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Archive for February, 2008

Many know about Pantone, the mega color standards company who unveils color forecasts for each season — today their Fall ’08 forecast was released to the public on their website. I always download mine and print it out in color so it’s handy. It’s important for all designers to preview the next it colors – from interiors to fashion, product, and beyond.

Spring ’08 Palette.
“Refreshing splashes of invigorating brights punctuate classic, versatile neutrals as designers offer a playful spring palette for endless exploration and creative combinations. Variations on popular colors such as energizing red, cool, waterborne blue and eco-friendly greens also play a key role this season.” – Pantone

Pantone scours advertising, magazines, movies, websites, and other facets of pop culture to unearth color cues, even surveys of socio-economic trends, art exhibits, and considering even the state of the global economy. After intense research and analysis, they sell colors to clients a few years in advance and then poll them to discern popular choices so they can then produce color planning guides that influence the multitudes. I walked around for years thinking these trends just happened for no reason at all. But oh no, everything is calculated. That’s why it’s critical for you to know what the color forecast is for each season because then you can use it as a guide in your design in order to stay current.

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Design trends at Maison & Objet, according to PointClickHome.com :
Subtly Moroccan: The international design scene is buzzing with young Moroccan designers like Arzu Firuz. This rug by the female designer for Polystyl plays on negative space to create a graphic floor display.
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Zenza’s hanging pendants are like those found in Casablanca, but with a twist. A hot trend at Maison & Objet, styles created from pierced materials are typical of Moroccan design.
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The ornate pattern on this pillow by Nur is another typically Moroccan trait, but the refined palette updates the look.
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The shapes of Akkal’s tea set are familiar to the region, but when presented in a red high-gloss clay, the pieces have the casual appeal of fiestaware
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Purple and Grey: The dominant palette at Maison & Objet as well as other major home decor shows this year. ThisWilliam Yeoward pillow is just all-around fabulous.

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Le Jacquard Français didn’t have too far to travel, yet they still jumped on the global purple and grey trend, as shown here in their Jacquard woven linens.

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This woven blanket, with its stylish combination of color and texture, by Zoeppritz won a Maison & Objet best-in-show award.

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The moody, yet sophisticated shade between purple and grey refines the sweet blooms on these Andrew 14andrewmartin16.jpg

Chalet Chic: Seen everywhere, this trend may have been started by Diamantini & Domeniconi cuckoo clock. It was wild success in last year’s introductions.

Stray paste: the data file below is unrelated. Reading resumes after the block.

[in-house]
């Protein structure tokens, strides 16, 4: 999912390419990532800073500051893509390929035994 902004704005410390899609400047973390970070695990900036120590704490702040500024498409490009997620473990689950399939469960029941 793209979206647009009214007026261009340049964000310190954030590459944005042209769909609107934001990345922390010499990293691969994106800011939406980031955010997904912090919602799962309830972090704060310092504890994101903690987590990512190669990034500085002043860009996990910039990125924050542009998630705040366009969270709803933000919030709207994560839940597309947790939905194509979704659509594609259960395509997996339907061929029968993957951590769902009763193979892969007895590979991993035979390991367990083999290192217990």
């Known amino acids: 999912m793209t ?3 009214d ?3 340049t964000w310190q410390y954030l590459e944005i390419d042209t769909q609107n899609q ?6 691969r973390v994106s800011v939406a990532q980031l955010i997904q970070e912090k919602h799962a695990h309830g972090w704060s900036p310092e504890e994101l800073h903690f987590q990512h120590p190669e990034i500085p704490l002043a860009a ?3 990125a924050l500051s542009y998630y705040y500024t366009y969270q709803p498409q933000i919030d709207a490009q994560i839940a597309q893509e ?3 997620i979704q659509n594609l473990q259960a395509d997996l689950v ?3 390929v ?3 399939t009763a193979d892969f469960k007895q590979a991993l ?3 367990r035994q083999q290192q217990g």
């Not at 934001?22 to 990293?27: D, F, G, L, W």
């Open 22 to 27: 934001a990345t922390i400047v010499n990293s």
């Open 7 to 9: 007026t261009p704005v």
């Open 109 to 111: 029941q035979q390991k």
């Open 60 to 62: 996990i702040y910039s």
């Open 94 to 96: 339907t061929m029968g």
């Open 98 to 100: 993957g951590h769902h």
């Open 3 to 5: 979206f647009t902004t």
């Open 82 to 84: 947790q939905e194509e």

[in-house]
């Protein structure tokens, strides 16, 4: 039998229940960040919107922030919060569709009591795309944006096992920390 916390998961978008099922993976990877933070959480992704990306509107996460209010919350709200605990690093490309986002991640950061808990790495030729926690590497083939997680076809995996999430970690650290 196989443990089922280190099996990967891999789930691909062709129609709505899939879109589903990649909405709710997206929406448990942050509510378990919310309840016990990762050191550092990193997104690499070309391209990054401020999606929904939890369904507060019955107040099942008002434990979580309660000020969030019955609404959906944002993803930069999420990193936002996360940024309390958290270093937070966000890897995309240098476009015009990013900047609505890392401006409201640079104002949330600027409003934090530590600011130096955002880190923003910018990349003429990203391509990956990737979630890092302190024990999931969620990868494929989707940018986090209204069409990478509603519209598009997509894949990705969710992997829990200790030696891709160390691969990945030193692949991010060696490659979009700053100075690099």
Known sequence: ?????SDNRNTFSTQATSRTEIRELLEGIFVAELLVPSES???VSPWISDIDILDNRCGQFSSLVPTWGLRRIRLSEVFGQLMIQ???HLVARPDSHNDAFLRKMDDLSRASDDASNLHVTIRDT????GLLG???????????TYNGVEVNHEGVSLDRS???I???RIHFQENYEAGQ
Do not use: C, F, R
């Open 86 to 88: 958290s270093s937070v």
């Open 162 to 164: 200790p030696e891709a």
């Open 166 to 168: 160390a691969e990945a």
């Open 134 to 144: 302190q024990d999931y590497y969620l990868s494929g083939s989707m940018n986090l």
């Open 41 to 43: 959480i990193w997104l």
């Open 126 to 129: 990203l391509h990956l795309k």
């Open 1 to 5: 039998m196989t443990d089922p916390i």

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Fur mixed with preppy plaids couldn’t be more Aspen. And the Country Corner stag pillow in the backgrouns is one of the many examples of deer, elk, and bear motifs featured at the show.

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These Katherine Leuze throws, pillows, and slippers are soft and fuzzy—but distinctly wild

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Exposed wood conjures up visions of the mountains. Friedemann Beuhler’s bowl is pure but regal.

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Japanese Reign: Asian inspiration has always been a dominant force in contemporary design, but this year it literally overwhelmed all other trends. The Hanori bed for Gabel is in a traditional cherry blossom print, but in red is no longer as sweet and subtle.

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Birds, bamboo and cherry blossoms were a common theme a the show. Here, Alberto Pinto’s delicate hand-painted designs in a soft turquoise are a new take on these motifs. Pinto has always embraced Orientalism in his designs—he has even written a book on the topic.

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This stunning enlarged black cherry blossom print was designed by the London firm, Innermost.

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These red vases in floral honeycomb pattern by Asian Tide strongly embody the Asian influence felt thoughout the show.

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Natural Glitz: This season, nature got dressy. Florals were decked in bronze, platinum, and gold. Alex Davis Design immortalized the houseplant with his metallic palms, cacti, and aloe vera. With their long stems, they can live beautifully in floor vases.

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More of Alex Davis Davis’s metallic houseplants displayed in equally glitzy pots.

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These Golden Timber dishes by Bodo Sperlein embrace the tree in its simplest form, but do so with shimmering color.Gilded tree rings in concentric circles are a stylish highlight on this salad plate, while the charger’s tighter lines give it a faux bois effect.

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LONDON: One designer has threatened to wage war against them. Another reckons they’re so depressing that we’ll be driven into psychotherapy. A manufacturer describes them as “very unfriendly” and, even, “a little violent.”